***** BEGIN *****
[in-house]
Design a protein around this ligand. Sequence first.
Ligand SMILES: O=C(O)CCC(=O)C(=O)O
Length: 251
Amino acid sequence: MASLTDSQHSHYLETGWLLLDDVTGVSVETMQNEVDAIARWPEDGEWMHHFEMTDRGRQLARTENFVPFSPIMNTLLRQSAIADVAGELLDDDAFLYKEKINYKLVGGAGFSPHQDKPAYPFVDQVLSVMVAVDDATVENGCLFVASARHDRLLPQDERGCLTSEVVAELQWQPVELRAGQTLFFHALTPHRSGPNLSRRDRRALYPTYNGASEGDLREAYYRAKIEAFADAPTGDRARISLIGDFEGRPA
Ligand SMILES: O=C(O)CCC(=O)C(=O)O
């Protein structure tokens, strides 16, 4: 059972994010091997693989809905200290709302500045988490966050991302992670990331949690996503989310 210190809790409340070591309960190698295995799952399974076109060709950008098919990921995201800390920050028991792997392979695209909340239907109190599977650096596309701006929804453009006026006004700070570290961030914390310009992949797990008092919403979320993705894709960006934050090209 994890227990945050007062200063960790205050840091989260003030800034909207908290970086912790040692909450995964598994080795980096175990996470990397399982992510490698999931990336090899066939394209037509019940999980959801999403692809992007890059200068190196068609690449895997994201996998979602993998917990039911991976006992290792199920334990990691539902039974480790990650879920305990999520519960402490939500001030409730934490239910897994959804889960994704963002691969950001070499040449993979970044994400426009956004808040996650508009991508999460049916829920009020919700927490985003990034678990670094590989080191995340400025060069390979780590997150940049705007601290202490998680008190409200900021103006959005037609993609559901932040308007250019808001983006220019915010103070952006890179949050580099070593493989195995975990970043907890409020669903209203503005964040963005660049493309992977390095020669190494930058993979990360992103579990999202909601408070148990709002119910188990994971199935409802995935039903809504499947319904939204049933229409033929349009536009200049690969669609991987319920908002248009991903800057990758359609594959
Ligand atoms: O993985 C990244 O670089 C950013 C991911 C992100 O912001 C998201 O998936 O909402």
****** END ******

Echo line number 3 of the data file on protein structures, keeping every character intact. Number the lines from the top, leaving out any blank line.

Ligand SMILES: O=C(O)CCC(=O)C(=O)O